Mobile devices are the primary experience of personal computing for most people in emerging markets. Accessing content at prices these users can afford is all but impossible. But using sideloading and sneakernet, content can spread for free.
I was lucky enough to watch a great talk by Gary Marsden at the recent SA UX meeting in Cape Town. He talked about many interesting things, but this one captured my imagination the most.
In developing markets, mobile devices have much greater market penetration the personal computers. In South Africa, for example, around 77% of the population have mobiles but only 12% get online with PCs. So for hundreds of millions worldwide, the main, everyday experience of digital technology is probably a phone. When a phone is one of the few pieces of technology you’ve got, it’s amazing what you will use it for. In emerging markets, mobile phones are becoming a primary mechanism for reading text, storing photo albums, watching video and listening to music.
Nokia has recently announced their $50 2323 phone, along with a suite of carefully targetted custom content to address this developing market demand.
But nearer the “bottom of the pyramid” the the cost of mobile data services is too much for most people to afford more than a trickle of bytes. Typical data consumption for a young South African might cost them around R7 per week, which is around 50 pence. Downloading MP3s or ebooks isn’t realistic. So instead, some content is percolating across the community using bluetooth sideloading and sneakernet.
Sideloading is a newish term, still ill-defined. But one meaning is that people can share content from one mobile device to the next, rather than downloading it from network servers.
Sneakernets are a venerable concept, still used by even the largest companies when the cost of electronic data transfer is too high. It just means that you carry data from A to B on a storage medium, instead of sending it over a wire. Google, for example, used blocks of disks to transfer 120 terabyte files.
If you put the two together you can transfer data to mobile devices for free, across any distance. Basically, one person sends a piece of content to another using bluetooth. The recepient can share their copy with more friends, and from them it can go on to more. The potential rate of distribution grows exponentially.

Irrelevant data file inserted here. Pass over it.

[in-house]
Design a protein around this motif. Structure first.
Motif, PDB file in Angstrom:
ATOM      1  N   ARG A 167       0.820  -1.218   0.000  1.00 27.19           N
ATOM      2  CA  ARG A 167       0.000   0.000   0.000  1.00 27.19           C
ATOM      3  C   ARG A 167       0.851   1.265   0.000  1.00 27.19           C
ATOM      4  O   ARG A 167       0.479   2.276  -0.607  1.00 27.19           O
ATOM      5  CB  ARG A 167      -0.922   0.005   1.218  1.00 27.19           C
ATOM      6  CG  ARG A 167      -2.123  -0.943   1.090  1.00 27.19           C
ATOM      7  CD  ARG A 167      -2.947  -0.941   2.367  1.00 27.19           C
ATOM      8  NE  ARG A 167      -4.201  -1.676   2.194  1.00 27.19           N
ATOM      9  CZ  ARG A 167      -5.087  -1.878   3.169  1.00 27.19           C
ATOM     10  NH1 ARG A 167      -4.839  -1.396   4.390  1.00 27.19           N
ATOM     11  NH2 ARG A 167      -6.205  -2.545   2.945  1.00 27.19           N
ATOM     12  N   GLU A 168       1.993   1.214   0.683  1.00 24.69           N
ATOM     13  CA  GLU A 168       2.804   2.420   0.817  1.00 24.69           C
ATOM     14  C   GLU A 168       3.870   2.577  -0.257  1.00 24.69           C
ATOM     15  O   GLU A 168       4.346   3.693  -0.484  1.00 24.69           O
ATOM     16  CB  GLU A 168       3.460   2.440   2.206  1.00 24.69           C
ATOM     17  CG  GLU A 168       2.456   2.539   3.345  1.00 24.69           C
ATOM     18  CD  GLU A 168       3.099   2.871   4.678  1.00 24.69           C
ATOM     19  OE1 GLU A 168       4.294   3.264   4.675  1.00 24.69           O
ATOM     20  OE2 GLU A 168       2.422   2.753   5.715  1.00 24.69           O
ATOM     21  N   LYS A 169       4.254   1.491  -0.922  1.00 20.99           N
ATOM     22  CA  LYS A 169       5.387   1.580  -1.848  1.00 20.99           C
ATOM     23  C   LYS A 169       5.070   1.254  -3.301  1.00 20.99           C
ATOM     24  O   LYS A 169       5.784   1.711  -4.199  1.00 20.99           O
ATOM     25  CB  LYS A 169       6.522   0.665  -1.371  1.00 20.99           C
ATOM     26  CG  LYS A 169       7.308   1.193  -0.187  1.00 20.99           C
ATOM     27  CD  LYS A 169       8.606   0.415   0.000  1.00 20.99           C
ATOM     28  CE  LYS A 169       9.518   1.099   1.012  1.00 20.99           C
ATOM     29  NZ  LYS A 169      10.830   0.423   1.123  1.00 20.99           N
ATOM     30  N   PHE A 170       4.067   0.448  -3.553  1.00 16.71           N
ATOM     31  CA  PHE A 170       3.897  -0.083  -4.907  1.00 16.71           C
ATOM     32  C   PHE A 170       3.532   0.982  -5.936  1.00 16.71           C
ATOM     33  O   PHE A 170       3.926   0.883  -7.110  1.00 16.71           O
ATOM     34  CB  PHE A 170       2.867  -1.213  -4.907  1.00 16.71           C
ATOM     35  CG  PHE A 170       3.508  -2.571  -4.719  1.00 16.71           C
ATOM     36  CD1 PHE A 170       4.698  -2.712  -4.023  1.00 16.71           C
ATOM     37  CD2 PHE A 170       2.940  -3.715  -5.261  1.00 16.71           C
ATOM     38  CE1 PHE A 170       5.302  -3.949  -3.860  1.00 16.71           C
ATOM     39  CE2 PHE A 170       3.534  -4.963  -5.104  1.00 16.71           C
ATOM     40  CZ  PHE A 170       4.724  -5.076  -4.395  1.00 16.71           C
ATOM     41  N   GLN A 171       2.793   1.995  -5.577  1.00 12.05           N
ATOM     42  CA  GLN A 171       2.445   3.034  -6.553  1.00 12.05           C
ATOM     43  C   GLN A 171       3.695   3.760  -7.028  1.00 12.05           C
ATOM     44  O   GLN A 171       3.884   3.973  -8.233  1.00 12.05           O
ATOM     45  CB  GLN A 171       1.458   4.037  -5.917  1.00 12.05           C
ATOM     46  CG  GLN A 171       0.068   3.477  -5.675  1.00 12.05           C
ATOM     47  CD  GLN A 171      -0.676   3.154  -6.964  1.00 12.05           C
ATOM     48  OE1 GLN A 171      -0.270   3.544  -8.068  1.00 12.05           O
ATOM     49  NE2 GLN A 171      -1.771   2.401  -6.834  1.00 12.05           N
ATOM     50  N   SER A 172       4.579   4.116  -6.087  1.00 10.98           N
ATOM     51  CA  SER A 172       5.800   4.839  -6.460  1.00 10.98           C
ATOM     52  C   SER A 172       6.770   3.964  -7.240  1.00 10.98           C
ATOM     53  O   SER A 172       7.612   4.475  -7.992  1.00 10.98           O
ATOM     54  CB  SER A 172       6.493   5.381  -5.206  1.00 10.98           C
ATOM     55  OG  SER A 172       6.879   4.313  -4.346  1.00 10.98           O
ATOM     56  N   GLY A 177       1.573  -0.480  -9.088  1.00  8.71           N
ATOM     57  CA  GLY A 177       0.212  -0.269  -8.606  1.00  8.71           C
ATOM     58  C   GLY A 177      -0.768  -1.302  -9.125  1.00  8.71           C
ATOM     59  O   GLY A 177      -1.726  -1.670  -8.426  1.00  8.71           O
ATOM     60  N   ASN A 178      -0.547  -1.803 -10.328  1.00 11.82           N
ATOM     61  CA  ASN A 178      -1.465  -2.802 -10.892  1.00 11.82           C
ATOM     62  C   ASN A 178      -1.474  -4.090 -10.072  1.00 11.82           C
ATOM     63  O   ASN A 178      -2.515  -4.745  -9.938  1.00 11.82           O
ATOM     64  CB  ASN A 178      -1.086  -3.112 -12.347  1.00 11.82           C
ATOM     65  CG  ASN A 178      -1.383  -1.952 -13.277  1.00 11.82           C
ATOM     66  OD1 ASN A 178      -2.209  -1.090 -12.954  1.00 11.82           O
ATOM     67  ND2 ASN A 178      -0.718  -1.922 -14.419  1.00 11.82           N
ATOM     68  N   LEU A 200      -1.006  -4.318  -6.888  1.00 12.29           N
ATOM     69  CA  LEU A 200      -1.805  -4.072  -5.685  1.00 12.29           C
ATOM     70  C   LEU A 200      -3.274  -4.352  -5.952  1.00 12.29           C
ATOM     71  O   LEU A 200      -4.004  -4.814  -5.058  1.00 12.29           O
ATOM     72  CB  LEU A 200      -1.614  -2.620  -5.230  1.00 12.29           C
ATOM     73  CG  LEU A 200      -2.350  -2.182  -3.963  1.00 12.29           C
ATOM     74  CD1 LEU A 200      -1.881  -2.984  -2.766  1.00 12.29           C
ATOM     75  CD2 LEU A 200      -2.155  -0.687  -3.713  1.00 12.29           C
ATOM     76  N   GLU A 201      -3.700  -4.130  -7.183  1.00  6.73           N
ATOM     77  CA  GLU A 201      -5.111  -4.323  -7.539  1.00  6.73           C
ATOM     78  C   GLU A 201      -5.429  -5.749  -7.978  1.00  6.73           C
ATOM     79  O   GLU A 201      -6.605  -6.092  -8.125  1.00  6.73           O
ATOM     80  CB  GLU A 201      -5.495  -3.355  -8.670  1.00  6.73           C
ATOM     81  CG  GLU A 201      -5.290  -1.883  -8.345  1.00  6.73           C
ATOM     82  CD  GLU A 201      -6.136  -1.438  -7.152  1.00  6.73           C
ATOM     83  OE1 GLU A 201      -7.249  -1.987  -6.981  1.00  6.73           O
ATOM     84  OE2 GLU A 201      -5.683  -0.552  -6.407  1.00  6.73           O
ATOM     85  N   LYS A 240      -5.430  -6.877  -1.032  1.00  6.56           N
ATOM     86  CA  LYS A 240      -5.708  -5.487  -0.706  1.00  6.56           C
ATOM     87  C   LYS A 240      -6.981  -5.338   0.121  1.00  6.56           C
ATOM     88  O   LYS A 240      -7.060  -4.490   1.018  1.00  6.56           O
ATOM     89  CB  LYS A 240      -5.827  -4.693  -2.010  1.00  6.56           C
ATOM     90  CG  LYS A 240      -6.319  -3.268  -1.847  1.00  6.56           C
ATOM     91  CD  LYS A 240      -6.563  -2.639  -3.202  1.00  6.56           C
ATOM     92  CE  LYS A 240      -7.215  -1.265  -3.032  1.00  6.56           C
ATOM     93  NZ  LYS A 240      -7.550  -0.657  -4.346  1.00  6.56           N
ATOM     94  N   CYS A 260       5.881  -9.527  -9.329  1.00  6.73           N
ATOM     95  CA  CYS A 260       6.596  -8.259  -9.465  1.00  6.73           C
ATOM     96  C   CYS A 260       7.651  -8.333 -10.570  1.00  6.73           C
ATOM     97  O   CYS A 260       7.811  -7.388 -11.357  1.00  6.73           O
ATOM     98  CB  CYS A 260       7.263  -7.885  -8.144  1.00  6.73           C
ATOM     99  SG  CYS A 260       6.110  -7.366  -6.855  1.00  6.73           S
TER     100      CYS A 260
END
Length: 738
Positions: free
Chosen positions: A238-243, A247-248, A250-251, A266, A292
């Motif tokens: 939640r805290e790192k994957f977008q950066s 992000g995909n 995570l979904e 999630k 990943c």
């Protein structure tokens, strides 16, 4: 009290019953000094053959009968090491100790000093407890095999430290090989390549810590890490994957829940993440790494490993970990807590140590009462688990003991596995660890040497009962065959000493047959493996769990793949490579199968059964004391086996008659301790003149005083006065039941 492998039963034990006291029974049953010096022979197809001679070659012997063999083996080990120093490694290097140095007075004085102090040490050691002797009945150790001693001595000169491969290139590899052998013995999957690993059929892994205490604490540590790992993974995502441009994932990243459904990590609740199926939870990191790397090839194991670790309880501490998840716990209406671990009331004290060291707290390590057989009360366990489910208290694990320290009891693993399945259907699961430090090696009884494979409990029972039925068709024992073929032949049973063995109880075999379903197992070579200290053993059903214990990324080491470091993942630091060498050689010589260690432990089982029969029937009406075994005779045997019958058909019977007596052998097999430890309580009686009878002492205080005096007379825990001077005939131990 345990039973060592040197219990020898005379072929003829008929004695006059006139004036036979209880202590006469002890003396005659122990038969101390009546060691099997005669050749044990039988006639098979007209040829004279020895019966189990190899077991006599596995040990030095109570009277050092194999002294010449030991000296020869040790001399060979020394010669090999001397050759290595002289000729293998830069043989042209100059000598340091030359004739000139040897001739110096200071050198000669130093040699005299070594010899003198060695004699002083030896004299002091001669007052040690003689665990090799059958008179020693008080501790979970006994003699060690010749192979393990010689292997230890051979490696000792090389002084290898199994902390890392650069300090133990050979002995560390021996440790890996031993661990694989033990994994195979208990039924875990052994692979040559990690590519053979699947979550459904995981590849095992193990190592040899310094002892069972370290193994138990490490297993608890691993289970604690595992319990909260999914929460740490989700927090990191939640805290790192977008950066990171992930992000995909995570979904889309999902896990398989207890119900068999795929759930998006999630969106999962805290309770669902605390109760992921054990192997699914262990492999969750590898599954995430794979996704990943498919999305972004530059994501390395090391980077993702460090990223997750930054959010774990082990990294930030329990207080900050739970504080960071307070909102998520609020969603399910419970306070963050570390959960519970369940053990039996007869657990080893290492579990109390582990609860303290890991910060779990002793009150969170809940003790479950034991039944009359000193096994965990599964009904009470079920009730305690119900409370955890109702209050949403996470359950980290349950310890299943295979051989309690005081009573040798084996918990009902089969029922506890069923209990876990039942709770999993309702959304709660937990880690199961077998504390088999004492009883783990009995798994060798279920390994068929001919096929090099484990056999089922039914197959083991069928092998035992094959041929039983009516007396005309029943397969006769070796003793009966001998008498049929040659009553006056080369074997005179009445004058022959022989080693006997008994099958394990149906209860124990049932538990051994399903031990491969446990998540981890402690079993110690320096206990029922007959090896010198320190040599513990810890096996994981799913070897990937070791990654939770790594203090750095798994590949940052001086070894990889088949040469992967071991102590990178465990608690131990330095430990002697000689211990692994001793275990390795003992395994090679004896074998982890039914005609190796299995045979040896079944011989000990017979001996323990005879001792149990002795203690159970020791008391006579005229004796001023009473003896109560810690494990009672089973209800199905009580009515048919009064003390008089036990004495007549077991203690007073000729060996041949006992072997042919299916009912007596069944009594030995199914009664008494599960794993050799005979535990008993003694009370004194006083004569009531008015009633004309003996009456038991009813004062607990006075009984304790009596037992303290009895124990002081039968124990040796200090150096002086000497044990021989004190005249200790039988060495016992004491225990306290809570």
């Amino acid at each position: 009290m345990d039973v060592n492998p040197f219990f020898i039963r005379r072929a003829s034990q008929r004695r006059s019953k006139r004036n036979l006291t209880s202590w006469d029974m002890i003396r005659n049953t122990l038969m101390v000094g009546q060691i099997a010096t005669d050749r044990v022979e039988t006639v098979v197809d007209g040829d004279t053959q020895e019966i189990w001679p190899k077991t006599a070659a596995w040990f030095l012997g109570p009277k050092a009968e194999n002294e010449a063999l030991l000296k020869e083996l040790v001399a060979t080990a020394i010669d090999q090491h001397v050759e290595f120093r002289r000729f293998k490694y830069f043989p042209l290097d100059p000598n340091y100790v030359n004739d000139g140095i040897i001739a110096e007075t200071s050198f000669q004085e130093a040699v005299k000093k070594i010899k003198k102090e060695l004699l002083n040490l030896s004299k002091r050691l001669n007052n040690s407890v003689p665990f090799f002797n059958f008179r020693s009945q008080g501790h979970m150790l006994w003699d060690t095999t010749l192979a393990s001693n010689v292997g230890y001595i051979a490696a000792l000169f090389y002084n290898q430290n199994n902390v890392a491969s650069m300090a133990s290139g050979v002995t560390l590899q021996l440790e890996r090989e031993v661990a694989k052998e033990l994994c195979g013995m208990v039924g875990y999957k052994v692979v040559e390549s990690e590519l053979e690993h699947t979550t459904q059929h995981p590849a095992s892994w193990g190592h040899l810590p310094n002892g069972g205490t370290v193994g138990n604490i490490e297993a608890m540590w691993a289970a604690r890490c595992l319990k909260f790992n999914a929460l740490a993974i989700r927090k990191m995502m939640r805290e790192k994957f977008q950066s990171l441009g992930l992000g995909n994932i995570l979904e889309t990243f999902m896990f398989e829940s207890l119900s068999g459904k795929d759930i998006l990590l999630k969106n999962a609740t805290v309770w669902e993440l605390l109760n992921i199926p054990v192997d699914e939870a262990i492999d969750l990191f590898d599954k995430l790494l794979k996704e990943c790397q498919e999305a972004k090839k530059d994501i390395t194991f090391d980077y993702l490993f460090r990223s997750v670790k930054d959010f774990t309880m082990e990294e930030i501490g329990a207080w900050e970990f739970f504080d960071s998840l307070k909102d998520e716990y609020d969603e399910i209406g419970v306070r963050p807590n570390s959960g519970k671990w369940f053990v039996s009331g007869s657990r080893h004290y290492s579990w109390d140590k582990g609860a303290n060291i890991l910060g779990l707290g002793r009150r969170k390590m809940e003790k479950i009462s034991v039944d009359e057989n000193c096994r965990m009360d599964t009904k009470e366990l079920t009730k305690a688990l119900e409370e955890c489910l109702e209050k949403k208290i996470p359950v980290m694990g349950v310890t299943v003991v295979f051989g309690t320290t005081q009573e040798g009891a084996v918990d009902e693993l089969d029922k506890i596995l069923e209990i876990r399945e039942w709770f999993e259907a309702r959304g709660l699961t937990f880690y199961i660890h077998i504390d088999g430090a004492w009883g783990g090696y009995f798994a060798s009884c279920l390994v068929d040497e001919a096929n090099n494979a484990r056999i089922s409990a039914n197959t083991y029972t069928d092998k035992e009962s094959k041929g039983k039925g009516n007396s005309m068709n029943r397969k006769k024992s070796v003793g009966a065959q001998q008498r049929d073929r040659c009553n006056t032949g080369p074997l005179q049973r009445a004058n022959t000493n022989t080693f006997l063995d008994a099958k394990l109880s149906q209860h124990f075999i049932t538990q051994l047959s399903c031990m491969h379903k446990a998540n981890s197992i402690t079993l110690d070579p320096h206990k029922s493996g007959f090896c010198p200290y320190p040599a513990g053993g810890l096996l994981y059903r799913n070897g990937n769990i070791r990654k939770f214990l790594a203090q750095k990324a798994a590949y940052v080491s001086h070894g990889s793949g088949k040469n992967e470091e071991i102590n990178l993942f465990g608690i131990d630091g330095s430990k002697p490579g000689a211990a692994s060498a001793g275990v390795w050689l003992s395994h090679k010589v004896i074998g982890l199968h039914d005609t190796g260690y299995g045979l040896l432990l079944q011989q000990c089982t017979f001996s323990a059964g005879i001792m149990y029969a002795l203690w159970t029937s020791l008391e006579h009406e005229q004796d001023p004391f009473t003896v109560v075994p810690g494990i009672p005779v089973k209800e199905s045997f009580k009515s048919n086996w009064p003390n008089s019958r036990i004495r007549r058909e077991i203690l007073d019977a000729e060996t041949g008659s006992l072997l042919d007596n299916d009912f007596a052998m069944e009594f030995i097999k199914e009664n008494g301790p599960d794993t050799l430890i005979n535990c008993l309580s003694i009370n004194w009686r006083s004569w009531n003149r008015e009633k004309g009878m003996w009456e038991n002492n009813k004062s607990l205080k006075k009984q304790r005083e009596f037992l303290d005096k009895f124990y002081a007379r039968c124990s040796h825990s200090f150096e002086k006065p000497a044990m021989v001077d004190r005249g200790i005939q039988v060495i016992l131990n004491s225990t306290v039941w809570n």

Riding the sneakernet
With only 6.6 degrees of separation between everyone on the planet, it’s not hard to see that this could let content percolate quite fast. But our daily face to face contact is with far fewer people than our total network, so content will percolate more slowly, really.
Targetting connectors will help. The Tipping Point tells us that a few people in the world are connectors – they know a lot of people. To get a message out over a sneakernet, it would make sense to ensure it gets to the connectors.
In reality, it may be that most content won’t hop quickly or reliably enough from user to user for many applications. So providing physical severs in public spaces to allow bluetooth content downloads looks like a more controlled option.
To do just that, Gary Marsden’s team at the University of Cape Town, along with Microsoft Research have invented Big Board. It’s a digital message board that allows people with ordinary, bluetooth-enabled phones to download text, images, audio and video for free. Most important, it requires no extra software on the handset at all – most phones can already receive mutimedia messages via bluetooth.
What content is worth distributing? For big board, community and local content make sense. Big board can also allow content to be uploaded to it, making it true, digital message board. Education and entertainment also fit well, and are good sneakernet fuel too. I’ve heard plans for using soap opera mobisodes to provide health education and AIDS awareness messages…